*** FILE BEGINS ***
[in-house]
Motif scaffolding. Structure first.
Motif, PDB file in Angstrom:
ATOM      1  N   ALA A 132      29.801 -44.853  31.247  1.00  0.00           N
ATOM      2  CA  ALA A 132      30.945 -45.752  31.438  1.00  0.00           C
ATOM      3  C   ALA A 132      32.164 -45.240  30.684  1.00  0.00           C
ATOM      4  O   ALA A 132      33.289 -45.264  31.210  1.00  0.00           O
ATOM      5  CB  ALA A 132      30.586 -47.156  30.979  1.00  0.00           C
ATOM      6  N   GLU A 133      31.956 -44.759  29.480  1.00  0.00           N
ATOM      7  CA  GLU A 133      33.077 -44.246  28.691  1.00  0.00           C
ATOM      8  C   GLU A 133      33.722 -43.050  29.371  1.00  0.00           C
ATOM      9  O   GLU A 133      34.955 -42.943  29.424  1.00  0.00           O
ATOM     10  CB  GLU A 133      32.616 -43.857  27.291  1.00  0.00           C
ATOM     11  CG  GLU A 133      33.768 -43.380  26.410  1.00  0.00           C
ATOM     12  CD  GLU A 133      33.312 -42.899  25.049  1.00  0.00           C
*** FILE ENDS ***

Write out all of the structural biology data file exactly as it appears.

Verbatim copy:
[in-house]
Motif scaffolding. Structure first.
Motif, PDB file in Angstrom:
ATOM      1  N   ALA A 132      29.801 -44.853  31.247  1.00  0.00           N
ATOM      2  CA  ALA A 132      30.945 -45.752  31.438  1.00  0.00           C
ATOM      3  C   ALA A 132      32.164 -45.240  30.684  1.00  0.00           C
ATOM      4  O   ALA A 132      33.289 -45.264  31.210  1.00  0.00           O
ATOM      5  CB  ALA A 132      30.586 -47.156  30.979  1.00  0.00           C
ATOM      6  N   GLU A 133      31.956 -44.759  29.480  1.00  0.00           N
ATOM      7  CA  GLU A 133      33.077 -44.246  28.691  1.00  0.00           C
ATOM      8  C   GLU A 133      33.722 -43.050  29.371  1.00  0.00           C
ATOM      9  O   GLU A 133      34.955 -42.943  29.424  1.00  0.00           O
ATOM     10  CB  GLU A 133      32.616 -43.857  27.291  1.00  0.00           C
ATOM     11  CG  GLU A 133      33.768 -43.380  26.410  1.00  0.00           C
ATOM     12  CD  GLU A 133      33.312 -42.899  25.049  1.00  0.00           C